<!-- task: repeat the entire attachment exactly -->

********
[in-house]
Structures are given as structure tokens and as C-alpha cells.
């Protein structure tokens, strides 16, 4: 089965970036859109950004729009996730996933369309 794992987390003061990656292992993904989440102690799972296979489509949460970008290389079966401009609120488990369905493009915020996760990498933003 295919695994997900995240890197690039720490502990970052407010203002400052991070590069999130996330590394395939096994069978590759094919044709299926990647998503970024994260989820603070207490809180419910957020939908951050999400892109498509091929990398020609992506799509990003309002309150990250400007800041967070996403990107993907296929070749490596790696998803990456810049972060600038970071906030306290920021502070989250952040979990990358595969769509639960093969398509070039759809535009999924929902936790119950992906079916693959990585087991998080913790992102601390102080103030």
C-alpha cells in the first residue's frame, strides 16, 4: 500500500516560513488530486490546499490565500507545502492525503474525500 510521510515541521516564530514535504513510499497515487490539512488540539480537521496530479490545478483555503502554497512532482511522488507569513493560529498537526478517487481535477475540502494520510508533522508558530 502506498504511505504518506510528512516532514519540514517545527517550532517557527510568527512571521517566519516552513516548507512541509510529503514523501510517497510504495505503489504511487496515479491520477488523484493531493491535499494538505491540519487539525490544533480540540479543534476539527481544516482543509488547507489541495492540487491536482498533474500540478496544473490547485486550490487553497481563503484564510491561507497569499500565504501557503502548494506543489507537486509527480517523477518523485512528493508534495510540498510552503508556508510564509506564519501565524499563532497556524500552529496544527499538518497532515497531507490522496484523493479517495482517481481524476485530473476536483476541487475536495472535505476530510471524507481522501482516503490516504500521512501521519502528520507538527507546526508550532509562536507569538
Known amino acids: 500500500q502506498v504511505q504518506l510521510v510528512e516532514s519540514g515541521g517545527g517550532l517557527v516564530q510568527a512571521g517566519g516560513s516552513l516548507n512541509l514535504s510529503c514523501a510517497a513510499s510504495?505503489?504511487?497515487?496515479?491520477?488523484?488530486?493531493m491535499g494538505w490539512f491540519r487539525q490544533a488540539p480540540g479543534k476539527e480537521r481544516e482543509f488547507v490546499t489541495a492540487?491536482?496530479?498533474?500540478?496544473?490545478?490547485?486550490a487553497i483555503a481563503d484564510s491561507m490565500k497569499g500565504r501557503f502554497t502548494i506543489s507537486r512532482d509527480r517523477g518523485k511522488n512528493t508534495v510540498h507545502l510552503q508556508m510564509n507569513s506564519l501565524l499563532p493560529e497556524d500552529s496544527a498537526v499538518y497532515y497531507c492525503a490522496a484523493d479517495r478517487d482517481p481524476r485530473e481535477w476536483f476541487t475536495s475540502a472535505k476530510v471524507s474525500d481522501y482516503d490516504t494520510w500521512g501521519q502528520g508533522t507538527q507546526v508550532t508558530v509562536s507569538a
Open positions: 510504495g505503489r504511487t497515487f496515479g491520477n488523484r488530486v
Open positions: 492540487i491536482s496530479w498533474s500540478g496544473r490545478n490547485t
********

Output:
[in-house]
Structures are given as structure tokens and as C-alpha cells.
């Protein structure tokens, strides 16, 4: 089965970036859109950004729009996730996933369309 794992987390003061990656292992993904989440102690799972296979489509949460970008290389079966401009609120488990369905493009915020996760990498933003 295919695994997900995240890197690039720490502990970052407010203002400052991070590069999130996330590394395939096994069978590759094919044709299926990647998503970024994260989820603070207490809180419910957020939908951050999400892109498509091929990398020609992506799509990003309002309150990250400007800041967070996403990107993907296929070749490596790696998803990456810049972060600038970071906030306290920021502070989250952040979990990358595969769509639960093969398509070039759809535009999924929902936790119950992906079916693959990585087991998080913790992102601390102080103030």
C-alpha cells in the first residue's frame, strides 16, 4: 500500500516560513488530486490546499490565500507545502492525503474525500 510521510515541521516564530514535504513510499497515487490539512488540539480537521496530479490545478483555503502554497512532482511522488507569513493560529498537526478517487481535477475540502494520510508533522508558530 502506498504511505504518506510528512516532514519540514517545527517550532517557527510568527512571521517566519516552513516548507512541509510529503514523501510517497510504495505503489504511487496515479491520477488523484493531493491535499494538505491540519487539525490544533480540540479543534476539527481544516482543509488547507489541495492540487491536482498533474500540478496544473490547485486550490487553497481563503484564510491561507497569499500565504501557503502548494506543489507537486509527480517523477518523485512528493508534495510540498510552503508556508510564509506564519501565524499563532497556524500552529496544527499538518497532515497531507490522496484523493479517495482517481481524476485530473476536483476541487475536495472535505476530510471524507481522501482516503490516504500521512501521519502528520507538527507546526508550532509562536507569538
Known amino acids: 500500500q502506498v504511505q504518506l510521510v510528512e516532514s519540514g515541521g517545527g517550532l517557527v516564530q510568527a512571521g517566519g516560513s516552513l516548507n512541509l514535504s510529503c514523501a510517497a513510499s510504495?505503489?504511487?497515487?496515479?491520477?488523484?488530486?493531493m491535499g494538505w490539512f491540519r487539525q490544533a488540539p480540540g479543534k476539527e480537521r481544516e482543509f488547507v490546499t489541495a492540487?491536482?496530479?498533474?500540478?496544473?490545478?490547485?486550490a487553497i483555503a481563503d484564510s491561507m490565500k497569499g500565504r501557503f502554497t502548494i506543489s507537486r512532482d509527480r517523477g518523485k511522488n512528493t508534495v510540498h507545502l510552503q508556508m510564509n507569513s506564519l501565524l499563532p493560529e497556524d500552529s496544527a498537526v499538518y497532515y497531507c492525503a490522496a484523493d479517495r478517487d482517481p481524476r485530473e481535477w476536483f476541487t475536495s475540502a472535505k476530510v471524507s474525500d481522501y482516503d490516504t494520510w500521512g501521519q502528520g508533522t507538527q507546526v508550532t508558530v509562536s507569538a
Open positions: 510504495g505503489r504511487t497515487f496515479g491520477n488523484r488530486v
Open positions: 492540487i491536482s496530479w498533474s500540478g496544473r490545478n490547485t